Contributed by Ben Wilson
Embattled French President Emmanuel Macron continues to face the enmity of the French. Months of strikes and protests continue over the raising of the retirement age. This has taken the shape of a battle over what sort of nation France is going to be in the future, and it has implications for Europe and the world.
Unions have acted together in a show of unity that hasn’t been seen for a long time. Students and youth in general are taking part in big numbers. The turmoil is in the big cities and tow across the country.
Forcing the change through by decree, rather than going through the process of a parliamentary vote – which would have defeated it – has raised an uproar. Most French see this as an act against democracy. In combination with brutal police suppression of protests the swelled, and this has included the defence of democracy.
Photo from AP: at least 1.5 million marched in Paris on 12 April
This provides evidence that the Marcon administration is running scared, and ultimately fighting for its ongoing survival.
The political crisis this has caused, is really the result of ongoing and building tensions over time. France is beset with economic troubles and the old two-party political system is in disarray. In fact, this is what was behind the rise of Macron in the first place. The former prominent member of the Socialist Party and as the party came close to extinction, he became the face of a new hope for the political elite. The conservative Republicans fell nearly as far, which provided space for the rise of new political movements.
Marcon’s job was to save the day for a section of the political elite. Another section turned to the Marine le Pen led and far right National Rally. Up till now, the Macron camp has had the upper hand. But it started to unravel with the rise of the Yellow Vest movement. National rally capitalised on this in the early days, but the Yellow Vests moved in a different direction.
Their rise was a signal that something significant is going on in French society outside the closed off world of the elite. The population was getting frustrated and angry. The question for the elite is how to respond?
Pressure put by the Yellow Vests propelled Macron into some damage control through a national tour. He got plenty of flak from communities along the way. It’s the same thing again. There is a new tour, and angry crowds gather outside town halls, banging pots and doing other things to get attention, in every town he visits.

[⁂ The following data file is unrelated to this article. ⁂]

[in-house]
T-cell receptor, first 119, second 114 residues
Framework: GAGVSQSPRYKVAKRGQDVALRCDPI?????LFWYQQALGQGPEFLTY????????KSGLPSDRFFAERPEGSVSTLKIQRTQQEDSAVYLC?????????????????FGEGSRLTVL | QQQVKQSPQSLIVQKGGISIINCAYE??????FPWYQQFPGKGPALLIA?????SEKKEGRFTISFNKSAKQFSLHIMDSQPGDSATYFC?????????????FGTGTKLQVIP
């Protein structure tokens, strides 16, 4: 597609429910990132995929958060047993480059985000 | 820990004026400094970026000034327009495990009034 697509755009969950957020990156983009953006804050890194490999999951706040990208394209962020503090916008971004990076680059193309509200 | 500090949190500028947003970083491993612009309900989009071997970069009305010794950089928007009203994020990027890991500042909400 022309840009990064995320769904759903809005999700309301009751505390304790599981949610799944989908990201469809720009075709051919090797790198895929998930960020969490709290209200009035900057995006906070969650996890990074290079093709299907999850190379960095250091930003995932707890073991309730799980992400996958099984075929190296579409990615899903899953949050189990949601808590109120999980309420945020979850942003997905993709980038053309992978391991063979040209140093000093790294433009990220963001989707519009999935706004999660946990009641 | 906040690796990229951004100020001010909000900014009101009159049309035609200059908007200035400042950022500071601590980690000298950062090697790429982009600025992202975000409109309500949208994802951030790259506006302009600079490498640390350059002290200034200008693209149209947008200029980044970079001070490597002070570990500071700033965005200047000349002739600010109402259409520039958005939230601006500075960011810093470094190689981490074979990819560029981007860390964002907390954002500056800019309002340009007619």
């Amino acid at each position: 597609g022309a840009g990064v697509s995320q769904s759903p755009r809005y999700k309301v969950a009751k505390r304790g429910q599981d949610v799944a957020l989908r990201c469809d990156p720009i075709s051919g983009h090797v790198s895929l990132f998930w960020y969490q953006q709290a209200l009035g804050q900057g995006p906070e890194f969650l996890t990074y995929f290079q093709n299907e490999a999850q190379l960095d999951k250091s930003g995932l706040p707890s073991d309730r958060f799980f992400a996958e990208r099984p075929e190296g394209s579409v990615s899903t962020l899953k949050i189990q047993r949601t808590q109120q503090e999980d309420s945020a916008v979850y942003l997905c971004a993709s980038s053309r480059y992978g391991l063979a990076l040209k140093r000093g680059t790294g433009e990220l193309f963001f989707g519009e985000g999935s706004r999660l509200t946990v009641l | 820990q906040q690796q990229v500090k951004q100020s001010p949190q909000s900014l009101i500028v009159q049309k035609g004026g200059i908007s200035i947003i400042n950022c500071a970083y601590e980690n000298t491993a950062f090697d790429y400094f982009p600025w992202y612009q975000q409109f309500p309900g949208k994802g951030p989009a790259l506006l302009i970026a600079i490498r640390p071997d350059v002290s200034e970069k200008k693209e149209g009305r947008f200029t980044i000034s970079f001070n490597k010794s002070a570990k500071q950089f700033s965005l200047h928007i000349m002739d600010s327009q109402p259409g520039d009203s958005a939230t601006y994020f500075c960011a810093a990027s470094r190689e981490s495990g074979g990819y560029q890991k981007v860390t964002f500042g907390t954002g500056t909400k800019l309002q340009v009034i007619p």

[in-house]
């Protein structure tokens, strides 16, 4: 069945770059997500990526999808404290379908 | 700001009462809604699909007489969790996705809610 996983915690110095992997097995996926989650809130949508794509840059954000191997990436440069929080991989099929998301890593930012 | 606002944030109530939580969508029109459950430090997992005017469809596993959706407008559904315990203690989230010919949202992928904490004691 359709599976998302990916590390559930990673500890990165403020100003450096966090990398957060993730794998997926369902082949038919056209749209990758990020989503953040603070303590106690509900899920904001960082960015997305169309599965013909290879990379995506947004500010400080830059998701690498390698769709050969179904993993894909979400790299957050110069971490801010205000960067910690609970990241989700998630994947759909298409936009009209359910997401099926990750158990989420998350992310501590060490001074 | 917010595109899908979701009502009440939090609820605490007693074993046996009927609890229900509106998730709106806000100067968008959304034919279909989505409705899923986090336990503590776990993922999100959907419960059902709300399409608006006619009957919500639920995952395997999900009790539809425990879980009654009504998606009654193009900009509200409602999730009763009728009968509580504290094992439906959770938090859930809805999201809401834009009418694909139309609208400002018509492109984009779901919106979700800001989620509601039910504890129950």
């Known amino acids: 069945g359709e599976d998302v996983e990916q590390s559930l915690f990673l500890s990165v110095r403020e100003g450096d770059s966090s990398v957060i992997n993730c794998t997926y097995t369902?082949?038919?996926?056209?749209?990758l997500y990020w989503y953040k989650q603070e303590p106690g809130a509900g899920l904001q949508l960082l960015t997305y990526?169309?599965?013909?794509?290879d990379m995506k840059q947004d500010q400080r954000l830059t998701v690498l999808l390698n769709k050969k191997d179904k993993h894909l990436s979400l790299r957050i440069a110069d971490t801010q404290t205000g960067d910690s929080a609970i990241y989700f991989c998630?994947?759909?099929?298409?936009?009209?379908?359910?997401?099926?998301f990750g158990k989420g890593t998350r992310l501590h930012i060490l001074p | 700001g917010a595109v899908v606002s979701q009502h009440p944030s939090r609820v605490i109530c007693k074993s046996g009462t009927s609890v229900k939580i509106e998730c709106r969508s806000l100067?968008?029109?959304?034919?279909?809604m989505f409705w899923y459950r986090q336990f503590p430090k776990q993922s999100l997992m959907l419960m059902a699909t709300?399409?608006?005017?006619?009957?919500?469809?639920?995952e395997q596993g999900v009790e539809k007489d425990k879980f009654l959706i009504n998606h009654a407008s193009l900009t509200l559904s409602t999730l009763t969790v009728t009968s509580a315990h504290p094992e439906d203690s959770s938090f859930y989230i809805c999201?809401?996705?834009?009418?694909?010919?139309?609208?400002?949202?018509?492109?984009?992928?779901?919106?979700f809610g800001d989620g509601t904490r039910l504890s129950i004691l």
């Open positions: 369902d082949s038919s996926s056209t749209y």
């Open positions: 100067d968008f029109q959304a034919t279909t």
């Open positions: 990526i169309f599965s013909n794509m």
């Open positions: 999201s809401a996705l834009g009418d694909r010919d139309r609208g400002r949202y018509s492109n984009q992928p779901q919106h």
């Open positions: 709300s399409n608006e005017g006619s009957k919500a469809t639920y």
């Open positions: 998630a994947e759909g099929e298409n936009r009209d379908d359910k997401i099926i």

Polls show that he and his supporters would get a drubbing at the polls. In fact, they suggest Marine le Pen would win a presidential race. One part of the elite is giving way to the other.
But there is a third rising force. This is the new re-alignment of forces around the France Unbowed party led by Jean Luc Melenchon and founded on 10 February 2016. and has grown enormously in s short pace of time, inspired by a mixture of building dissatisfaction among workers and other social sectors, and the example of Spain’s Podemos. Melenchon came a very close third at the last presidential election and gained a major presence in the subsequent parliamentary elections.
In the streets the Yellow Vests joined the movement led by France Unbowed, and the rise of protests against the raising of the retirement age saw the party play a prominent role once again.
France has become the new inspiration for Europe and much of the world of the world. There could well be flow on effects. Many countries are suffering the problems facing the French.
The movement around France Unbowed is not going to go away. It has become a central player in the nation, and a mark of its political polarisation. France is in a time of change.
How this battle is going to end remains uncertain. It may topple soon or fail at the next elections. This could pave the way for a new government led by le Pen, as more of the elite puts its fortunes there. There is also opportunity for France Unbowed to step up.
France faces a stark choice.
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